Glycemic Index and Glycemic Load of Common Berries and Other Foods
There are many ways to compare various foods in terms of protein, carbohydrate, fats, fibers, vitamins, minerals, antioxidants etc content.
One of the important ways to compare foods are their Glycemic Index (GI) and Glycemic Load (GL).
Upgraded: July 19, 2020.
Glycemic Index is a numerical value between 0 and 100 and it basically describes how eating one food will raise blood sugar levels. GI 100 is for pure glucose. Foods with GI below 55 are considered to have a low glycemic index, those with GI between 55 and 70 are considered to have medium GI, and those with GI above 70, are considered to have a high and very high glycemic index.
GI levels of food is important for many reasons, however, it doesn't take into account amounts of food, since it is not the same if you have consumed 50g of glucose or 50g of carbohydrates from, for example, blueberries - it is required to eat around 350g of blueberries in order to consume 50g of carbs!
Glycemic Load rectifies this problem by taking into account portion sizes - to calculate GL (Glycemic Load) divide food's Glycemic Index by 100 and multiply it by the grams of digestible carbohydrates (that means excluding fibers) in a served portion. Generally, a GL of below 10 is considered low GL, 11 - 19 GL is considered average and GL above 20 is considered high GL.
For example, blueberries contain ~14.5g of total carbohydrates including 2.4g of fibers per 100g of fruits - meaning 12.1g of digestible carbohydrates. Blueberries have GI between 40 and 53 (various studies show various results since not all varieties have the same amounts of nutrients and water). The worst-case scenario is to assume a GI of 53. One cup of blueberries on average has 150g (little more than 5 ounces) of blueberries.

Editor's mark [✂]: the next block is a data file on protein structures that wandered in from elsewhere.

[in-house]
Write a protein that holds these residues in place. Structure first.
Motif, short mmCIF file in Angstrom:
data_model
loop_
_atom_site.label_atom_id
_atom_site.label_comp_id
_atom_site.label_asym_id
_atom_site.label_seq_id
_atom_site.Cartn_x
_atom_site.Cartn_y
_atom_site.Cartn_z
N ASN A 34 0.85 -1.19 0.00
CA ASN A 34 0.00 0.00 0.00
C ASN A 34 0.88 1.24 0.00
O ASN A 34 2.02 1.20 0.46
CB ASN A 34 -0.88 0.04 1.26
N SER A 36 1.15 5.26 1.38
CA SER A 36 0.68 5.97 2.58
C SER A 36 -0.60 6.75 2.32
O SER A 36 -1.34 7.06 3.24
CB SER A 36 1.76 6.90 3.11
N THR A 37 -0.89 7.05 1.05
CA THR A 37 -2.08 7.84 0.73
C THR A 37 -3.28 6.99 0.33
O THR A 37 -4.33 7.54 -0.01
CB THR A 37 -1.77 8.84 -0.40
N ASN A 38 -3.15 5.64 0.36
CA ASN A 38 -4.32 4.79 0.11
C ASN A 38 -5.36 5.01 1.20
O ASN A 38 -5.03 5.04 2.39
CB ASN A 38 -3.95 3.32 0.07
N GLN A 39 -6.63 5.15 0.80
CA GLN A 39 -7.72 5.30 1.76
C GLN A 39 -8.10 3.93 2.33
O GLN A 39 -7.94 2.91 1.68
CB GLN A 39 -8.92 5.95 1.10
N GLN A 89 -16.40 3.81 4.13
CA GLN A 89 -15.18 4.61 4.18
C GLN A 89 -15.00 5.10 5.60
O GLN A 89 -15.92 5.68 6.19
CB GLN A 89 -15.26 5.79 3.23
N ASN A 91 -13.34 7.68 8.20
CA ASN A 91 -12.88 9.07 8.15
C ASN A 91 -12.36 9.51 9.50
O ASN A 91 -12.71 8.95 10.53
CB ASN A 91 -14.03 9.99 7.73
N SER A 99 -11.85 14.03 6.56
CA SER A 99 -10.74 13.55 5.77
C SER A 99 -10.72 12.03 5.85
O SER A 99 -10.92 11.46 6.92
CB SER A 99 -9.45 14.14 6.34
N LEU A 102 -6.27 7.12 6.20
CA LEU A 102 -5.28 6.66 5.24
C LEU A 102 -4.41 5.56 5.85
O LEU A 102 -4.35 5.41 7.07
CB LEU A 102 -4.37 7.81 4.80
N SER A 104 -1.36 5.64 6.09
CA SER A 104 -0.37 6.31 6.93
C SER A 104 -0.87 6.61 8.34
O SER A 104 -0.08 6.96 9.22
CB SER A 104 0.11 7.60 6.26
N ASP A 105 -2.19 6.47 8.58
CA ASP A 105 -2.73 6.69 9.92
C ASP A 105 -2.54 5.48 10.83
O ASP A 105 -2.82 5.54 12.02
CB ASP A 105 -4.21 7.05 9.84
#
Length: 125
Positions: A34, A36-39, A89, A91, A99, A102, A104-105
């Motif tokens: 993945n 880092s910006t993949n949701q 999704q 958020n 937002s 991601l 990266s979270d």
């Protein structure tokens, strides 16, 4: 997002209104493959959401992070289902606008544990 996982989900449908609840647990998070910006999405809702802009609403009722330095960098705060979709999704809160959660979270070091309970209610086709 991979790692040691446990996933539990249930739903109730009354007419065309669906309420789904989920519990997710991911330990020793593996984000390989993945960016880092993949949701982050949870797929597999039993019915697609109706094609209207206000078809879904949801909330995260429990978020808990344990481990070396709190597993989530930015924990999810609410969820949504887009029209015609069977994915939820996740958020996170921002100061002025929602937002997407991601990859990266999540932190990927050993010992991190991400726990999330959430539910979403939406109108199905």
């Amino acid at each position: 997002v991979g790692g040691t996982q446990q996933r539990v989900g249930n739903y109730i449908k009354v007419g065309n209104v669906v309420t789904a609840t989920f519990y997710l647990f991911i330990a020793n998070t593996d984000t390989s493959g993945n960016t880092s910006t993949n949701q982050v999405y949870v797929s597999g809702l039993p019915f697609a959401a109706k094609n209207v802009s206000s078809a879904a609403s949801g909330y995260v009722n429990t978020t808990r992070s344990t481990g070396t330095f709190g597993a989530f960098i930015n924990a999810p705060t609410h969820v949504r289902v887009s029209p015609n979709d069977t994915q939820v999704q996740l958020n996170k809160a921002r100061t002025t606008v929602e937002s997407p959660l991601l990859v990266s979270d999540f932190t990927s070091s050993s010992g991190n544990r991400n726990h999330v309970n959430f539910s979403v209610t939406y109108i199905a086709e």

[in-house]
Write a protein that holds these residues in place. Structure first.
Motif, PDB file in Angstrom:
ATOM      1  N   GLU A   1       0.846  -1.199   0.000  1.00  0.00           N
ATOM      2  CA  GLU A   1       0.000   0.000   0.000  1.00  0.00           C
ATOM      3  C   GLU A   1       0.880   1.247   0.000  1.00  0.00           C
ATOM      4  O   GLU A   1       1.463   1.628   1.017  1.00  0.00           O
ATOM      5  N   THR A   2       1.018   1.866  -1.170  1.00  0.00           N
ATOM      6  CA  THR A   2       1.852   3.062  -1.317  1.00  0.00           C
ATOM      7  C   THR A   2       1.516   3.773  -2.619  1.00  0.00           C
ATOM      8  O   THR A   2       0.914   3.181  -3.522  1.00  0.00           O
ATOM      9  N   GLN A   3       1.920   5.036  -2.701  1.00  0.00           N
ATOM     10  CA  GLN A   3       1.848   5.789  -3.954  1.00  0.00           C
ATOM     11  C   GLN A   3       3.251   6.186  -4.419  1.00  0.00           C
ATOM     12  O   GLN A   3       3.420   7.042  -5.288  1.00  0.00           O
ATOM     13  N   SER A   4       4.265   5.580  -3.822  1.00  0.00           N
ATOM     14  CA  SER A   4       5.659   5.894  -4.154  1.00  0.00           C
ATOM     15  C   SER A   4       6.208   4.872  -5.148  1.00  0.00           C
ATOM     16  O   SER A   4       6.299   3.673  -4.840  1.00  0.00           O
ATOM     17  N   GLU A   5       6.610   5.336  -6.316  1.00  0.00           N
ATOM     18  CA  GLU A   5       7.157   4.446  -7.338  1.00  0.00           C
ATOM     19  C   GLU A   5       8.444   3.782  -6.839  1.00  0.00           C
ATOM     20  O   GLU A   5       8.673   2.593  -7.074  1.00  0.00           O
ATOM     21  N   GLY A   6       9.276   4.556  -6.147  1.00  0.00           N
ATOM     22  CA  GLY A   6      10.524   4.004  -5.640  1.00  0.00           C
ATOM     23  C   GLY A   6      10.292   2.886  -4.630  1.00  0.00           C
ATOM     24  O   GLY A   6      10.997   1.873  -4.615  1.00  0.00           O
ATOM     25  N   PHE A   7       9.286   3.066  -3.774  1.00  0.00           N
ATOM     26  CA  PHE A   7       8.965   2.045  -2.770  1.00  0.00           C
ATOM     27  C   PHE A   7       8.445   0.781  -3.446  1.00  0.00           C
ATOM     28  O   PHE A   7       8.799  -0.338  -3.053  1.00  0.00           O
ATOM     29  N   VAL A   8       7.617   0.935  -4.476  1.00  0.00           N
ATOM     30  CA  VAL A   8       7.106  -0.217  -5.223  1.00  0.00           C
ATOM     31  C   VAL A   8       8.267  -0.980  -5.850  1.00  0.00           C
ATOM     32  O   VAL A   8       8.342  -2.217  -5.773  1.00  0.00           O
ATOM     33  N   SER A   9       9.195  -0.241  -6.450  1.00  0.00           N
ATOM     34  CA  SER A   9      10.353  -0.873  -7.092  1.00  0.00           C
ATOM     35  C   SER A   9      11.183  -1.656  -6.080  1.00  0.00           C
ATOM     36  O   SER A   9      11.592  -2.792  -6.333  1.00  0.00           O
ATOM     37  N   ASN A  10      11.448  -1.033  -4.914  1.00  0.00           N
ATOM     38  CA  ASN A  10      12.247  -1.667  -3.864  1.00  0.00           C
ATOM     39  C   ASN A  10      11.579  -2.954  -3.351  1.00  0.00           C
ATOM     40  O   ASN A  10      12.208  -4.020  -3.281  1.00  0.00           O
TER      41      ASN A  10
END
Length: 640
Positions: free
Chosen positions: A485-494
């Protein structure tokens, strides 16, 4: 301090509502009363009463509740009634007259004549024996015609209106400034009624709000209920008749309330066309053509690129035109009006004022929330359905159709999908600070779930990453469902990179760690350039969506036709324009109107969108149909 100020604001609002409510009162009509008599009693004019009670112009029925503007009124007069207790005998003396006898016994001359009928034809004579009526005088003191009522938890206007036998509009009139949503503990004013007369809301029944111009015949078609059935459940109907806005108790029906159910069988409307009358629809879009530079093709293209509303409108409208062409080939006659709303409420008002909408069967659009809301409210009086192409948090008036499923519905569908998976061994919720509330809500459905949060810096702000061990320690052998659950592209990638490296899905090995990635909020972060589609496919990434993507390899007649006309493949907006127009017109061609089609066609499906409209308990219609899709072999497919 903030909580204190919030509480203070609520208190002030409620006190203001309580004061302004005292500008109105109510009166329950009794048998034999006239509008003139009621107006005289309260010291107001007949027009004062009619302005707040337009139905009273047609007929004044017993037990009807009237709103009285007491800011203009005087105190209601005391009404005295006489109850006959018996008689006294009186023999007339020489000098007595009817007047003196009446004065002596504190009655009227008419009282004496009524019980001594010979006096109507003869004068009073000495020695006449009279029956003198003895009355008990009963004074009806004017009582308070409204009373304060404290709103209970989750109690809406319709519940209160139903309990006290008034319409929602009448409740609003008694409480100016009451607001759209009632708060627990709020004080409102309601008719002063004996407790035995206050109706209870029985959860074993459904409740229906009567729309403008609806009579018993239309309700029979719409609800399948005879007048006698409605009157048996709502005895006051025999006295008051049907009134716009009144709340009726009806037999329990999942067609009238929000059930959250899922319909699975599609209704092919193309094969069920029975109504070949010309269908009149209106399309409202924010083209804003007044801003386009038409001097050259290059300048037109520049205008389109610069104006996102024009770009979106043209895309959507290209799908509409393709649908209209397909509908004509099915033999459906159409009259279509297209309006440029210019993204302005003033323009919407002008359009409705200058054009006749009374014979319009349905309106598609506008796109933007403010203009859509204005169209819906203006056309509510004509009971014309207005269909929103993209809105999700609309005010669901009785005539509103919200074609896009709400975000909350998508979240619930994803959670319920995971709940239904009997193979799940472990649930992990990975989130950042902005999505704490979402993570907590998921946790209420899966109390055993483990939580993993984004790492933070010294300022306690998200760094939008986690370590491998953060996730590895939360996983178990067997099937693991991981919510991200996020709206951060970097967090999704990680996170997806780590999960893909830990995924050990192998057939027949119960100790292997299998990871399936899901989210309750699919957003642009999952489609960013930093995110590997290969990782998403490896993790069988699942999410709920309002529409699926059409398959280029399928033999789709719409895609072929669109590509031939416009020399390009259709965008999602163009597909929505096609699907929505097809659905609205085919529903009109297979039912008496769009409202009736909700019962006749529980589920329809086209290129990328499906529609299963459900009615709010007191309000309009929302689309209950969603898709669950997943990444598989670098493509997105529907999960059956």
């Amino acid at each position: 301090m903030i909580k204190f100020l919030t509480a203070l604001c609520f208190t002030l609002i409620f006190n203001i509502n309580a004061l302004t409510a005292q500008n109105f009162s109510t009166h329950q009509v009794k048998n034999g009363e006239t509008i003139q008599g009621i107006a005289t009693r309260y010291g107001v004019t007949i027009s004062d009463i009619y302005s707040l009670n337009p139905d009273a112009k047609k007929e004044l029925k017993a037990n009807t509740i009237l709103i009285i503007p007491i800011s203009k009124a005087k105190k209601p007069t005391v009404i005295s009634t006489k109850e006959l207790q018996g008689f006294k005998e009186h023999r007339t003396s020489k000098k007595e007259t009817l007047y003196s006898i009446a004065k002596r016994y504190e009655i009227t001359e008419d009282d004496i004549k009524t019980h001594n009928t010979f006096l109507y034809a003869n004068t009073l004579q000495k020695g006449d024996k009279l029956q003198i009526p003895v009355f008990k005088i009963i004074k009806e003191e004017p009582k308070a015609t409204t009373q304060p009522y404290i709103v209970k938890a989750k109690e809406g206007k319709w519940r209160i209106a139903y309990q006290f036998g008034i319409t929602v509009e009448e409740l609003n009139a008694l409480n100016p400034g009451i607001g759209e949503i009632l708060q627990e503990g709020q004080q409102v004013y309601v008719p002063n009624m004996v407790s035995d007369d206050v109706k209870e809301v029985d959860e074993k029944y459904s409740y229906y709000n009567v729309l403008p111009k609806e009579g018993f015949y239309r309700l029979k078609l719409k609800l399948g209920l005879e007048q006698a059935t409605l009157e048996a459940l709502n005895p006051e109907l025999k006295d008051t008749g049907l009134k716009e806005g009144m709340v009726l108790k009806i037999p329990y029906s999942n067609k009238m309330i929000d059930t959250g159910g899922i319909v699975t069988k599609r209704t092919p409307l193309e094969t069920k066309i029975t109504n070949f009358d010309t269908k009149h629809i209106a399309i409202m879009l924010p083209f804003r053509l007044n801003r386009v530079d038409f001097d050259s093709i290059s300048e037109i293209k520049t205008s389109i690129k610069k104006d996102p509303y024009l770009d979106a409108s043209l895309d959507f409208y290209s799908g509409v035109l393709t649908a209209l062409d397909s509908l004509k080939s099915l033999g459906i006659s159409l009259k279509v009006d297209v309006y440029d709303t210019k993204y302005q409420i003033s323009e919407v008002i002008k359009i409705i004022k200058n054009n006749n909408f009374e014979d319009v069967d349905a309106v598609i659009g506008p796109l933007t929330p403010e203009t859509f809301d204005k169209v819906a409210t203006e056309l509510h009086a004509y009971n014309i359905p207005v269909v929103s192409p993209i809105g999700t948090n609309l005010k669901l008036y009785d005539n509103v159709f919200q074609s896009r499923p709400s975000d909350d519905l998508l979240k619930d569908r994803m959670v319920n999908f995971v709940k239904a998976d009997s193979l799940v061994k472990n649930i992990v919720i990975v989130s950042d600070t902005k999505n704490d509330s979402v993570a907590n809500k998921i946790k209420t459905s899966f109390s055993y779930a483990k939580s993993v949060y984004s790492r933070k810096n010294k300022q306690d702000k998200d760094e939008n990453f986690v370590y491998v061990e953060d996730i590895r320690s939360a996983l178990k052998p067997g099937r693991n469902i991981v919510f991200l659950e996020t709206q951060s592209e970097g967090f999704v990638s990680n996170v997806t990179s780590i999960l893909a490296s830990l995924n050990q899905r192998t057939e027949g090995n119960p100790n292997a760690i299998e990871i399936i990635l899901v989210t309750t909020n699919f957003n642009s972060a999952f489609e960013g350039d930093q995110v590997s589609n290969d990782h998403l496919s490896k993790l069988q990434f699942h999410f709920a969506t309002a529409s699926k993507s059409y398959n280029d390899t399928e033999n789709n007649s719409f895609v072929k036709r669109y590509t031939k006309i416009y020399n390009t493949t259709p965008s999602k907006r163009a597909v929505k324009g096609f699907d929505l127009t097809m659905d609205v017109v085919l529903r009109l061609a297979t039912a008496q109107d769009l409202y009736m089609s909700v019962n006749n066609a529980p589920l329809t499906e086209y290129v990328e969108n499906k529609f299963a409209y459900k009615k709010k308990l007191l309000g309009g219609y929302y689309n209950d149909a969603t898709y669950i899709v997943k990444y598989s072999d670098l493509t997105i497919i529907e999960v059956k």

So, glycemic load (GL) of this nice portion of blueberries would be:
GL = (53 / 100) * (12.1 * 1.5) = 9.6
If you take just 100g of blueberries, GL of those blueberries is only 6.4.
Glycemic Index and Glycemic Load Chart - Food Comparison
The next table presents basic nutritional data of certain foods, berries included, with their Glycemic Index and Glycemic Load values for various serving portions.
|Food||Glycemic Index||Serving size||Available Carbohydrates||Glycemic Load|
|Apple Juice (no added sugar)||40||0.25l||30g||12|
|Beans, black-eyed, boiled||42||150g||30g||12.6|
|Beans, kidney, soaked, boiled||28||150g||25g||7|
|Cranberries, dried, sweetened||62||40g||31g||19|
|Milk, full fat||27||0.25l||12g||3.2|
|Rice, brown, boiled||55||150g||33g||18.1|
|Rice, white, boiled||65||150g||35g||22.7|
|Yogurt, low fat||15||200g||9g||1.3|
It really must be emphasized that portion control plays a very important role in balanced nutrition. For example, watermelons have a high GI (72) and if you eat half a kilo (500g) of watermelon (35g of digestible carbs), GL of such meal is around 25 - rather high. But if you eat only 150g of watermelon (a rather small portion), GL of that snack is around 7.6. And that is a big difference. That is one of the reasons why it is better to eat smaller meals, more often.
Low Glycemic Index Foods
Berries generally have low GI - 40 or less. Since their digestible carbohydrate content (total carbohydrates - fibers = digestible carbohydrate) is rather low, their GL is almost always low, since it depends on the portions, too.
Unfortunately, GI of many berries is not yet verified and many studies have to be done in order to obtain accurate values. Even then, values can have certain offset - this is normal, since the values depend on varieties, growing conditions, ripeness of the fruit, etc.
Green and leafy vegetables have GI below 15 and their GL is also very low - that is why fresh salads are so important for balanced nutrition. And when you combine such salads with berries, it is nutrition heaven :)
Long story short - even if you are on some kind of calorie-restricted diet, be sure to include fresh fruits (portion control!) in your daily nutrition and stay away from sweetened and processed food ...